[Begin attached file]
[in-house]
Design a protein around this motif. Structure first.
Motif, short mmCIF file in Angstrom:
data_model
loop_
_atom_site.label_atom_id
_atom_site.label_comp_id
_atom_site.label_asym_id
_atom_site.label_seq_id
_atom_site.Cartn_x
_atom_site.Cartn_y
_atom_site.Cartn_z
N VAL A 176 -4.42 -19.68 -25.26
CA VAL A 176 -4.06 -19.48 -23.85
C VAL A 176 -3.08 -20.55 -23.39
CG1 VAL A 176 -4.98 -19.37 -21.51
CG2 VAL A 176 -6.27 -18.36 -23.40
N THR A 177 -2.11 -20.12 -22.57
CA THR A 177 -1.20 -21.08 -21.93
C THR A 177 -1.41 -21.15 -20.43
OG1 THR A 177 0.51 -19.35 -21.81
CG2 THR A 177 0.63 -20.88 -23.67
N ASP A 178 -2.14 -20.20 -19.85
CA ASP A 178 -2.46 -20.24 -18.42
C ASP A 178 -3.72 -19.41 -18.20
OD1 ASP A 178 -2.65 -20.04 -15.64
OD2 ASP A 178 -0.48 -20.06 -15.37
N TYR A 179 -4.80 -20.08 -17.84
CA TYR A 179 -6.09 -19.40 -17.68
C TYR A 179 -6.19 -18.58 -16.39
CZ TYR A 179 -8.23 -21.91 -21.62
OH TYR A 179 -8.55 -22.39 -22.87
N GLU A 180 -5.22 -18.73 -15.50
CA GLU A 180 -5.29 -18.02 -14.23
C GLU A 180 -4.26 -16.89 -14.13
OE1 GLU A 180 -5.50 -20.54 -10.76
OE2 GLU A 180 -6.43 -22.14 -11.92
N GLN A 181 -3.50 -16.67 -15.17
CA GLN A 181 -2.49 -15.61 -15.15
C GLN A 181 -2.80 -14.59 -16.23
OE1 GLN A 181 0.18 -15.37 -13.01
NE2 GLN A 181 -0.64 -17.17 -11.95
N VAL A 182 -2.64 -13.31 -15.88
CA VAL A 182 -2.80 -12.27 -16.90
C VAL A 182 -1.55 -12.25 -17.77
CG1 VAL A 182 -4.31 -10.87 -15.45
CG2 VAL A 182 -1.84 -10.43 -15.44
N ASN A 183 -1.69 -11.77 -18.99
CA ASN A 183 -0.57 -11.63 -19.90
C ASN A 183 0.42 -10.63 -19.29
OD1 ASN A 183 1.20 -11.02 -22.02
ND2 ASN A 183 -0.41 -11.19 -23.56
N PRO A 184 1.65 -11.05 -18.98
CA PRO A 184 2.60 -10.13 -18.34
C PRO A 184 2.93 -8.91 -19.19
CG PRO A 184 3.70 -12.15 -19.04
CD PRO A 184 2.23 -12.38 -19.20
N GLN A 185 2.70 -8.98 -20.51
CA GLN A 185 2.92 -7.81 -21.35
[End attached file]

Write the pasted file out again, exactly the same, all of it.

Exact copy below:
[in-house]
Design a protein around this motif. Structure first.
Motif, short mmCIF file in Angstrom:
data_model
loop_
_atom_site.label_atom_id
_atom_site.label_comp_id
_atom_site.label_asym_id
_atom_site.label_seq_id
_atom_site.Cartn_x
_atom_site.Cartn_y
_atom_site.Cartn_z
N VAL A 176 -4.42 -19.68 -25.26
CA VAL A 176 -4.06 -19.48 -23.85
C VAL A 176 -3.08 -20.55 -23.39
CG1 VAL A 176 -4.98 -19.37 -21.51
CG2 VAL A 176 -6.27 -18.36 -23.40
N THR A 177 -2.11 -20.12 -22.57
CA THR A 177 -1.20 -21.08 -21.93
C THR A 177 -1.41 -21.15 -20.43
OG1 THR A 177 0.51 -19.35 -21.81
CG2 THR A 177 0.63 -20.88 -23.67
N ASP A 178 -2.14 -20.20 -19.85
CA ASP A 178 -2.46 -20.24 -18.42
C ASP A 178 -3.72 -19.41 -18.20
OD1 ASP A 178 -2.65 -20.04 -15.64
OD2 ASP A 178 -0.48 -20.06 -15.37
N TYR A 179 -4.80 -20.08 -17.84
CA TYR A 179 -6.09 -19.40 -17.68
C TYR A 179 -6.19 -18.58 -16.39
CZ TYR A 179 -8.23 -21.91 -21.62
OH TYR A 179 -8.55 -22.39 -22.87
N GLU A 180 -5.22 -18.73 -15.50
CA GLU A 180 -5.29 -18.02 -14.23
C GLU A 180 -4.26 -16.89 -14.13
OE1 GLU A 180 -5.50 -20.54 -10.76
OE2 GLU A 180 -6.43 -22.14 -11.92
N GLN A 181 -3.50 -16.67 -15.17
CA GLN A 181 -2.49 -15.61 -15.15
C GLN A 181 -2.80 -14.59 -16.23
OE1 GLN A 181 0.18 -15.37 -13.01
NE2 GLN A 181 -0.64 -17.17 -11.95
N VAL A 182 -2.64 -13.31 -15.88
CA VAL A 182 -2.80 -12.27 -16.90
C VAL A 182 -1.55 -12.25 -17.77
CG1 VAL A 182 -4.31 -10.87 -15.45
CG2 VAL A 182 -1.84 -10.43 -15.44
N ASN A 183 -1.69 -11.77 -18.99
CA ASN A 183 -0.57 -11.63 -19.90
C ASN A 183 0.42 -10.63 -19.29
OD1 ASN A 183 1.20 -11.02 -22.02
ND2 ASN A 183 -0.41 -11.19 -23.56
N PRO A 184 1.65 -11.05 -18.98
CA PRO A 184 2.60 -10.13 -18.34
C PRO A 184 2.93 -8.91 -19.19
CG PRO A 184 3.70 -12.15 -19.04
CD PRO A 184 2.23 -12.38 -19.20
N GLN A 185 2.70 -8.98 -20.51
CA GLN A 185 2.92 -7.81 -21.35